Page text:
Tuesday, September 25, 2018

Buck Henry, aka G. Clifford Prout

Buck Henry today

The news of the recent death of hoax artist Alan Abel in New York City made me think about the puckish Hollywood screenwriter, director, and occasional actor, Buck Henry, whom I was recently thrilled to meet when we both appeared on a panel hosted by KPCC-FM following a screening of The Graduate.  I’d studied Henry’s long career while researching my book, Seduced by Mrs. Robinson: How The Graduate Became the Touchstone of a Generation. So I knew about how Henry had fallen into screenwriting, at the behest of director Mike Nichols, after a TV career that included a role in creating (along with Mel Brooks) the classic TV series, Get Smart. I also knew something about Henry’s earlier life: the Ivy League schooling, the military stint in an entertainment unit during the Korean War, the televised shenanigans on The New Steve Allen Show and That Was the Week That Was.

Beyond all this, I had learned that the then-little-known Henry had made solemn television appearances circa 1960 as G. Clifford Prout, the quietly outraged spokesman for an organization called the Society for Indecency to Naked Animals. As the buttoned-down and bespectacled Prout, Henry made the round of talk shows, and was even interviewed by Walter Cronkite on behalf of SINA, which called for both wild animals and domesticated pets to be outfitted with trousers covering their genitalia.. (Here’s a link to a Ripley’s Believe It or Not! featurette in which photos of Henry, as Prout, can be easily recognized.)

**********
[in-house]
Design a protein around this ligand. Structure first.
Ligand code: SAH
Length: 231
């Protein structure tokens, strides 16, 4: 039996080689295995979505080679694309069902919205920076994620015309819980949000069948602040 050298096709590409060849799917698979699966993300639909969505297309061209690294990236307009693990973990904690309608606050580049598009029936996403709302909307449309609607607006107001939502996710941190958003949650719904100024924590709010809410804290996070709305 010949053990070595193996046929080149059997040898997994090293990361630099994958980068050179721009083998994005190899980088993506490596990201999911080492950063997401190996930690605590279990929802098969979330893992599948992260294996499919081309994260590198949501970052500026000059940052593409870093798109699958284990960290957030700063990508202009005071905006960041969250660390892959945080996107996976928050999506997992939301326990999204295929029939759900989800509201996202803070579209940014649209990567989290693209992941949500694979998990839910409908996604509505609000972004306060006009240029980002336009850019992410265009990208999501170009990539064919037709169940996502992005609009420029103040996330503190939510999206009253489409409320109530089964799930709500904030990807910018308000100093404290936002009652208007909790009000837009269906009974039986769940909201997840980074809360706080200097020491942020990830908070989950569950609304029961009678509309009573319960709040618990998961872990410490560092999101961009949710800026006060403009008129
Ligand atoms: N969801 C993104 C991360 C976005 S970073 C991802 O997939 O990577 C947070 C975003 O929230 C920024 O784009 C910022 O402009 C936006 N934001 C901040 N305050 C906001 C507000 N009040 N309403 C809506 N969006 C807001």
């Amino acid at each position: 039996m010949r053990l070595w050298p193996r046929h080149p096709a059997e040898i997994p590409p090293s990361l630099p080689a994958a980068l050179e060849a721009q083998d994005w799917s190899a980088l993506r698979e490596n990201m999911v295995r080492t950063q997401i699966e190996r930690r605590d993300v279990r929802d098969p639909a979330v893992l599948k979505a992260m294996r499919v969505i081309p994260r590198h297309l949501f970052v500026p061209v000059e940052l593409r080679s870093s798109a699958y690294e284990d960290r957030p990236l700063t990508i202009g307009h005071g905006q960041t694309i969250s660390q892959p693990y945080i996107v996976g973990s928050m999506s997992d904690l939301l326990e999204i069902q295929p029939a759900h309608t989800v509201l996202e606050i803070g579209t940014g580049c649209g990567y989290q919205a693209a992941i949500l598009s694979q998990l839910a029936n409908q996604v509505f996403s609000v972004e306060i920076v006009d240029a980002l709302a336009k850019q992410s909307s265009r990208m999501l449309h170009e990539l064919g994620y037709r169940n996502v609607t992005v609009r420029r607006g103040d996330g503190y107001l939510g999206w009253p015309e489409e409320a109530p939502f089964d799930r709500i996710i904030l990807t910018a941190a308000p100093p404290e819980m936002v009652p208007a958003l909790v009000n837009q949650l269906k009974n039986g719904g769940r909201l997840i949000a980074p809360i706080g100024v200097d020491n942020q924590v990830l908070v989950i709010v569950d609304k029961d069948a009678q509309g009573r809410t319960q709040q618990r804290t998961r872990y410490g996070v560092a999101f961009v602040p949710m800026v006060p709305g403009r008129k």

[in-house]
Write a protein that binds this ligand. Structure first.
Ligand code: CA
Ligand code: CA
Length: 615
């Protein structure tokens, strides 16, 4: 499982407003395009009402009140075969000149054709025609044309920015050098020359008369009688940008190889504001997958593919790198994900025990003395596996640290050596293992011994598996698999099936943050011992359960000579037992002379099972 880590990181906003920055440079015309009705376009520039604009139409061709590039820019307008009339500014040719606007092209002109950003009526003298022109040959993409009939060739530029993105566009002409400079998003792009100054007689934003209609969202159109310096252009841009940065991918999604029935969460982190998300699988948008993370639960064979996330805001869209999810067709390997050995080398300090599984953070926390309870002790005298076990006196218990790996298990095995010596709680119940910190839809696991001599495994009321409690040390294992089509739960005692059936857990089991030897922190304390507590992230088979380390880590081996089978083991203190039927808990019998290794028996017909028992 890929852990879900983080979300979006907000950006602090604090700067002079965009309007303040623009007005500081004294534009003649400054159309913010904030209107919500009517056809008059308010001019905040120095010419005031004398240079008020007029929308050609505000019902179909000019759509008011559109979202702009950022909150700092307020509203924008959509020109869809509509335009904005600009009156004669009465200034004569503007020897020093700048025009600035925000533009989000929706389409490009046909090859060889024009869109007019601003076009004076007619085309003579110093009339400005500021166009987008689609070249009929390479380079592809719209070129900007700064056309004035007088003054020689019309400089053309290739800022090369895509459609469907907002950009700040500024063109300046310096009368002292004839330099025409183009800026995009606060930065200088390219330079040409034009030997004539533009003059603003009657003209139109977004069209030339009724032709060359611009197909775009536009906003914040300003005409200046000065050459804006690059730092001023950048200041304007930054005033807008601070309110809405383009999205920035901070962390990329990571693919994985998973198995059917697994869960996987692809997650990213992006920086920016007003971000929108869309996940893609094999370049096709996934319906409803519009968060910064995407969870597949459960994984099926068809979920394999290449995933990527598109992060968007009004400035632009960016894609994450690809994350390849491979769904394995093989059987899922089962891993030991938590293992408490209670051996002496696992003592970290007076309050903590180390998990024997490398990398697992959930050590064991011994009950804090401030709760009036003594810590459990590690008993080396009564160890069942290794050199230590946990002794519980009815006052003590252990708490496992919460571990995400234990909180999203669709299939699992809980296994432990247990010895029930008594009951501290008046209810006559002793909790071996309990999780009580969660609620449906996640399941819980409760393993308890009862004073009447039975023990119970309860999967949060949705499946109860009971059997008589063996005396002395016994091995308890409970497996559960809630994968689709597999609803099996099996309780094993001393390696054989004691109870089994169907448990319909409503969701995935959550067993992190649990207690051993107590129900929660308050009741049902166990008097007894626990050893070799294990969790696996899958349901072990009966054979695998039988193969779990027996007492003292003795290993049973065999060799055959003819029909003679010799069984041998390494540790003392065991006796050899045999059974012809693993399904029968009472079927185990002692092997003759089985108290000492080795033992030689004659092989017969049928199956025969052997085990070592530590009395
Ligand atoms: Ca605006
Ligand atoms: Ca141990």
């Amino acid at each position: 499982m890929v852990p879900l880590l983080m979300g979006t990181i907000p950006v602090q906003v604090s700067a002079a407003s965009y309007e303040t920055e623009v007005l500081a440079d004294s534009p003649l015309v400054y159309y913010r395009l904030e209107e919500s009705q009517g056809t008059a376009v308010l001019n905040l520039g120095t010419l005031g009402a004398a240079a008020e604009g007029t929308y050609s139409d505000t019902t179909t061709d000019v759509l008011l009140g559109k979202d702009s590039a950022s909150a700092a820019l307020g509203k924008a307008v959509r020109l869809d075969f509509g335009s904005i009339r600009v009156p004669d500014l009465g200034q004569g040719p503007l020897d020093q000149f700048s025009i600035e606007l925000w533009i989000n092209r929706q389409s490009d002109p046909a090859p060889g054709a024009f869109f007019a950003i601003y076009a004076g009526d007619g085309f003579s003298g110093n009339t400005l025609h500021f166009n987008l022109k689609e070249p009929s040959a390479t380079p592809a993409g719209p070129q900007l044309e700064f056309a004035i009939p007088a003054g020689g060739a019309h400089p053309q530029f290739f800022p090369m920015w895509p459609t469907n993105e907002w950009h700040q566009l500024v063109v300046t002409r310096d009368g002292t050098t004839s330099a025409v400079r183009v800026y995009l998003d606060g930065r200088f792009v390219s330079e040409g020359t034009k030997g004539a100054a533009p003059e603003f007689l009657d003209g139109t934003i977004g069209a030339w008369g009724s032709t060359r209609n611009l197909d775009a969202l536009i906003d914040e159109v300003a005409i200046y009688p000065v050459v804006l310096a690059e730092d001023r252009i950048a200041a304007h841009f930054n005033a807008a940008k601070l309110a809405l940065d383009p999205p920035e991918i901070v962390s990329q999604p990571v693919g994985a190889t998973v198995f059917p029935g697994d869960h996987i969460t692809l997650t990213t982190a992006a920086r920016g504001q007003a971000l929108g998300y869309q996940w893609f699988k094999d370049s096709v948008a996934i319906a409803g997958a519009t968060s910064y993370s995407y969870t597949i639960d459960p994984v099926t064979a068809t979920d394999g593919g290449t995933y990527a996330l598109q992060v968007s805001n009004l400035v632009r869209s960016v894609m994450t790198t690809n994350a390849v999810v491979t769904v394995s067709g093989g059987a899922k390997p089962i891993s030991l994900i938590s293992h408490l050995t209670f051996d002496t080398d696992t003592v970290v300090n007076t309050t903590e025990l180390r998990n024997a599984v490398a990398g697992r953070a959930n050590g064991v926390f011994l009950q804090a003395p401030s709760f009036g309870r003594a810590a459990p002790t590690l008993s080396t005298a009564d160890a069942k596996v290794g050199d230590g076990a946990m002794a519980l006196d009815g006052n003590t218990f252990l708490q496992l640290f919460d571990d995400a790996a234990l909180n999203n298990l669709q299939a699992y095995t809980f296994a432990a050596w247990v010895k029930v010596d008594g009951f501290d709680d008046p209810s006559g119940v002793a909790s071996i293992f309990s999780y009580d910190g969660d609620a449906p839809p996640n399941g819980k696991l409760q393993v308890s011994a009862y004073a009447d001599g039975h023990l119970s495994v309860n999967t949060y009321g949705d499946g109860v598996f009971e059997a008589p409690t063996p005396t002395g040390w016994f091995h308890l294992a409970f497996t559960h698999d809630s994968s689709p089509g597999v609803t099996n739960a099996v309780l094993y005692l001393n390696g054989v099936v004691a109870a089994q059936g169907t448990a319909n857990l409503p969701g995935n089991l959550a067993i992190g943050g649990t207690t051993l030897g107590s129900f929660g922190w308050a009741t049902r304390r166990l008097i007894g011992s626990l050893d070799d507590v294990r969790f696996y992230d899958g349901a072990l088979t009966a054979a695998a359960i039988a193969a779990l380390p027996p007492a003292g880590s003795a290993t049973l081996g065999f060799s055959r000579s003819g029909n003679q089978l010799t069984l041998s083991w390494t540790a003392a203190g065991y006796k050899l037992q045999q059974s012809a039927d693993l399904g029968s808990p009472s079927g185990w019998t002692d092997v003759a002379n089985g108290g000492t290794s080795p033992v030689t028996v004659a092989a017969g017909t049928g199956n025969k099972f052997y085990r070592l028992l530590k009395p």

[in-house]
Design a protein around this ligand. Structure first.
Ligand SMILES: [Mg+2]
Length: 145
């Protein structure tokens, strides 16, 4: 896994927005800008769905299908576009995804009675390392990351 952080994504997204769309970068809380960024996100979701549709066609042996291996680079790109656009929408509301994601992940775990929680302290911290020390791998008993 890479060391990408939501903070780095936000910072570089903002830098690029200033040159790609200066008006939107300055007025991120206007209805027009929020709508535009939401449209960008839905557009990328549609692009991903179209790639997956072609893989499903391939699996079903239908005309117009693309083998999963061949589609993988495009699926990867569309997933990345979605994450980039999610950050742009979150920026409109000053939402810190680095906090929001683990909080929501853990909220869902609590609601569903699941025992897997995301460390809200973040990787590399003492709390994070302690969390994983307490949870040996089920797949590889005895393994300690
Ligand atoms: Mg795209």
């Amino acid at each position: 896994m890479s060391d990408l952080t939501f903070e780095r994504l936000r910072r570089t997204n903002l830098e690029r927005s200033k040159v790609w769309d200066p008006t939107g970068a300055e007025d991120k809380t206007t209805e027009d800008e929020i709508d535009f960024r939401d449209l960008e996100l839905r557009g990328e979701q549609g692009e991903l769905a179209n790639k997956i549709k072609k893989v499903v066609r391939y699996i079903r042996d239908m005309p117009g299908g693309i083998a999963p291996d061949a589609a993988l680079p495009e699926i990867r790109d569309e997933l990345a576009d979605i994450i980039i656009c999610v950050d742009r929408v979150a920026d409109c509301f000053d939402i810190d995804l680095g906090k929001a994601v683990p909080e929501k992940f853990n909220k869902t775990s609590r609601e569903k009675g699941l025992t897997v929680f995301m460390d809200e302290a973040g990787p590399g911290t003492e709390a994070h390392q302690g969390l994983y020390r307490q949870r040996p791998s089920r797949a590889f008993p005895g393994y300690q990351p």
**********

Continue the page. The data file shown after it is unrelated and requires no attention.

One SINA slogan: “A nude horse is a rude horse.” The group issued a slew of press releases , clamored for First Lady Jacqueline Kennedy to put shorts on her bay gelding, and airdropped articles of clothing onto a cow pasture in support of the principle that “decency today means morality tomorrow.”

In its heyday,  SINA attracted thousands of serious-minded supporters, some of whom were willing to write large checks. But in 1963, the organization was unmasked as a hoax perpetrated by Alan Abel, a New York City resident who liked thinking of himself as a “20th century court jester.” Abel apparently never bilked anyone, going so far as to return .a contribution sent to SINA by a Santa Barbara woman who sought to join his moral crusade. It came in the form of a check for $40,000. As Abel told Esquire, “I fondled it for about five minutes and then sent it back. I told her I couldn’t accept money from strangers.”

 Ultimately it wasn’t the money that attracted Abel. No, he was in it for fun. The SINA hoax was his first, but he kept at it, running a fake candidate named Yetta Bronstein for president (“Vote for Yetta, and things will get betta”), staging a faint-in among audience members at a live broadcast of The Phil Donahue Show, and producing mockumentaries with titles like Is There Sex After Death? Ultimately he was turning his life into the sort of performance art later made famous by satirists like Stephen Colbert and Sasha Baron Cohen. In 1979, he (working with a small group of accomplices) staged his own death, and managed to get a respectful obituary published in the New York Times. When Abel passed away for real on September 14 at the age of 94, the Times was extra-careful to check its facts.

Happily, Buck Henry is still very much with us. Though his body has been weakened by a stroke, I can testify that his wit remains intact. But I suspect his alter ego, G. Clifford Prout, has shed a tear or two for his creator. 

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